Since a strong windstorm hit the Puget Sound region on Tuesday night, Snohomish County PUD crews have restored power to more than 200,000 customers and completed upwards of 1,200 separate restoration incidents. As of 9:00 a.m. Saturday morning, approximately 970 PUD customers remain without power, most of them in the Lake Goodwin and Stanwood areas. Many of these customers have been without power for more than 60 hours.
“We appreciate the frustration some of our customers are experiencing, and we want them to know we understand,” said John Haarlow, Snohomish PUD CEO/GM. “Our PUD customers should know we are doing everything we can do to get their power on as quickly and safely as possible. Our crews continue to work through very challenging conditions, and we will not rest until every customer has their power restored.”
The PUD anticipates all but a few hundred customers to be restored by Saturday evening.
The extent of the damage across the PUD’s service area has extended repair times. The high winds from the storm combined with the saturated ground from extensive rain in the previous days created an environment in which trees and poles fell more easily. The damage is requiring PUD crews to replace poles and damaged equipment and wait for downed trees to be cleared to gain access to many jobs.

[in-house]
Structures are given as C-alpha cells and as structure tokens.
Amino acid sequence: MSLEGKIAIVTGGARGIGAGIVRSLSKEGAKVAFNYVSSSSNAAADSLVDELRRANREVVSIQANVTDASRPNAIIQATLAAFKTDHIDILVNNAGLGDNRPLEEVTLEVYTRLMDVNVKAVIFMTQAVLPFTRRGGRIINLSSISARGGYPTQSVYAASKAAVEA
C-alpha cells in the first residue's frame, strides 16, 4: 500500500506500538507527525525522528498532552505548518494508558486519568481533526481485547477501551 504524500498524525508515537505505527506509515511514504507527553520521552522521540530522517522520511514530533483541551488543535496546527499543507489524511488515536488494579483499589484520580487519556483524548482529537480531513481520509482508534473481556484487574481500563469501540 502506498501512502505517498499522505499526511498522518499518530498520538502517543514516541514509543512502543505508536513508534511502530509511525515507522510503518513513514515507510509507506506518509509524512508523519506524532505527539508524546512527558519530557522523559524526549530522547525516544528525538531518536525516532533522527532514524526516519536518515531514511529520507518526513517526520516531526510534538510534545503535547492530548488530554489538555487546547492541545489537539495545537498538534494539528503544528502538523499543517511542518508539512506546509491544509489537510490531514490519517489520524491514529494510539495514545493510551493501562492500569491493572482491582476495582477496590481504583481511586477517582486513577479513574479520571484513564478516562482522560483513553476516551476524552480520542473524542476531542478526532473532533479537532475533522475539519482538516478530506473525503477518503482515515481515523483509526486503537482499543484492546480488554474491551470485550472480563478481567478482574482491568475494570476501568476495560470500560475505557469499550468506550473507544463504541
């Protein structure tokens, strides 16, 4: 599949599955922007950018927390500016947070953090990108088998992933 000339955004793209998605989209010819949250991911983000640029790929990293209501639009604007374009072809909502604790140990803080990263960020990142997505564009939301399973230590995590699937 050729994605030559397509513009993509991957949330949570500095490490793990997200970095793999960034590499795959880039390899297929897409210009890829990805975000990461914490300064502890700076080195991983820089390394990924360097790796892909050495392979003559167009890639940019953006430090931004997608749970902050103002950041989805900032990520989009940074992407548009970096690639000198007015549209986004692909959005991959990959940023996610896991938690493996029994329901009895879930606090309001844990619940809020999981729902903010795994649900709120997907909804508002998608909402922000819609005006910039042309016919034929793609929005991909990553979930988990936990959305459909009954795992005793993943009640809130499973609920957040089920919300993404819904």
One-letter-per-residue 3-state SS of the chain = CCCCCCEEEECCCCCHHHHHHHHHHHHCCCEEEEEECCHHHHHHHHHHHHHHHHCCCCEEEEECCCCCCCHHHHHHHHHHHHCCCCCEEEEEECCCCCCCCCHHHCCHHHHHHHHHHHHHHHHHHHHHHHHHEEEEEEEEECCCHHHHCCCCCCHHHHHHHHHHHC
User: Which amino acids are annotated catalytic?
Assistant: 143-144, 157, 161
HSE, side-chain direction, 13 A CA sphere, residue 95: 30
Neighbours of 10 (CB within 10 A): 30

“We have sent many of our crews to the northern portion of the county and Camano Island to help with restoration efforts in that area,” said Aaron Janisko, who is overseeing storm restoration as the PUD Senior Manager of Regional Design and Construction Services. “We appreciate the patience our customers have shown throughout this storm.”
Early in the storm, the restoration efforts of PUD crews focused on the transmission system, delaying assessment on the utility’s distribution system. While early repairs brought up thousands of customers, as crews move down the priority list, completed work restored power to smaller numbers of customers.
“Most of the remaining outages are impacting smaller pockets of customers,” said Janisko. “That means time-consuming repairs bring up fewer customers and can seem like we’re slowing down. Be assured, our crews are working just as hard now as they did at the beginning of the storm.”
Access issues have been a challenge throughout the restoration process. Felled trees across roadways, poles down in hard-to-reach areas and even flooded areas have made it difficult and time consuming for crews to get to their jobs to make repairs.
The PUD wants to reinforce the message that customers should never attempt to repair wires or other electrical equipment themselves during an outage. Attempting to fix electrical lines is not only dangerous, it can be deadly. Customers should remain at least 30 feet away from downed power lines.
Mutual aid crews from across the state of Washington have traveled to Snohomish County and Camano Island to help with restoration efforts. Crews from Benton PUD, Okanogan PUD, Clallam PUD, Grays Harbor PUD, Douglas PUD and Grant PUD have all traveled to the Puget Sound to helped complete work and restore power to Snohomish PUD customers.